The attainment of social capital with adoelcsent girls living at the intersection of race and poverty in a community-based pedagogical space known as Auntie's Place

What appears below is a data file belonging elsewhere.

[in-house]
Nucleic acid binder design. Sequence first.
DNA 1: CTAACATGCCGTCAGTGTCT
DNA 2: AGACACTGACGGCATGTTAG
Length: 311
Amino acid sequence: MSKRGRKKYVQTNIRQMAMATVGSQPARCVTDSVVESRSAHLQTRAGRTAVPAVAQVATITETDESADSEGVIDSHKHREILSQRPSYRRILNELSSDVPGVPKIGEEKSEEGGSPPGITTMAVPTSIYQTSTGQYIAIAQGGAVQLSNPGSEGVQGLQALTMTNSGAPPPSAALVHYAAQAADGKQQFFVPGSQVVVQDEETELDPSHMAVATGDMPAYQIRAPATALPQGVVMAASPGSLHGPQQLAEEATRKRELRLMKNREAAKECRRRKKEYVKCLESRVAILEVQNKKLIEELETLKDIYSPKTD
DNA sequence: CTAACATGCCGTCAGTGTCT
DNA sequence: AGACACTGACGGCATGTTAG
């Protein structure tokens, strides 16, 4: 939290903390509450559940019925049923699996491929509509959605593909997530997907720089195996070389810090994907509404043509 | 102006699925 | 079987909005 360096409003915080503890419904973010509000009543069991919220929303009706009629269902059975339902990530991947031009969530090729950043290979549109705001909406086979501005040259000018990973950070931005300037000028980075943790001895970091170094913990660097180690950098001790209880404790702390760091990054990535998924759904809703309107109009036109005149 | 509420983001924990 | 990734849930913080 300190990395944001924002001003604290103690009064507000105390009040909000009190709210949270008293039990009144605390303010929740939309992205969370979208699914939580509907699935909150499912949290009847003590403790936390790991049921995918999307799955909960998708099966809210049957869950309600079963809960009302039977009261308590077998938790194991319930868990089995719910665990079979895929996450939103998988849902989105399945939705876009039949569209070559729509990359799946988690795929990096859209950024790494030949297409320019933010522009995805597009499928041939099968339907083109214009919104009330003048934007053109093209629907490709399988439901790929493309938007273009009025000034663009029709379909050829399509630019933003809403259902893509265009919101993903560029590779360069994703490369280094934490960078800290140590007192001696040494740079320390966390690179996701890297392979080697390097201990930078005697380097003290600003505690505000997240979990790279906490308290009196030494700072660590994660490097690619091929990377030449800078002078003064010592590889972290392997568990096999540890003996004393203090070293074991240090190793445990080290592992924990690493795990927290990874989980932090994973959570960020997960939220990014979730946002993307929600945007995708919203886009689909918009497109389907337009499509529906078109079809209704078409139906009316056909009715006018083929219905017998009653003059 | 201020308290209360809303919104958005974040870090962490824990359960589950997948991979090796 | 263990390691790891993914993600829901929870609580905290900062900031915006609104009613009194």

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This study examines how Black adolescent girls living at the intersection of race and poverty access social capital through involvement in a community-based pedagogical space known as "Auntie's Place." Employing a theoretical framework that fuses African American female literacies, social capital theory and spirituality, the researcher reviews existing scholarship and primary documents to present an historical examination of how peoples of African descent have created means of education in venues outside of school. These findings inform the educator, community leader and parent who are stakeholders in the lives of Black girls. Based on the historical and empirical research findings, the author argues that educational actors including teachers, administrators, policy makers, and researchers will recognize the impact spirituality and community learning spaces may have on Black girls' self-worth and scholastic success.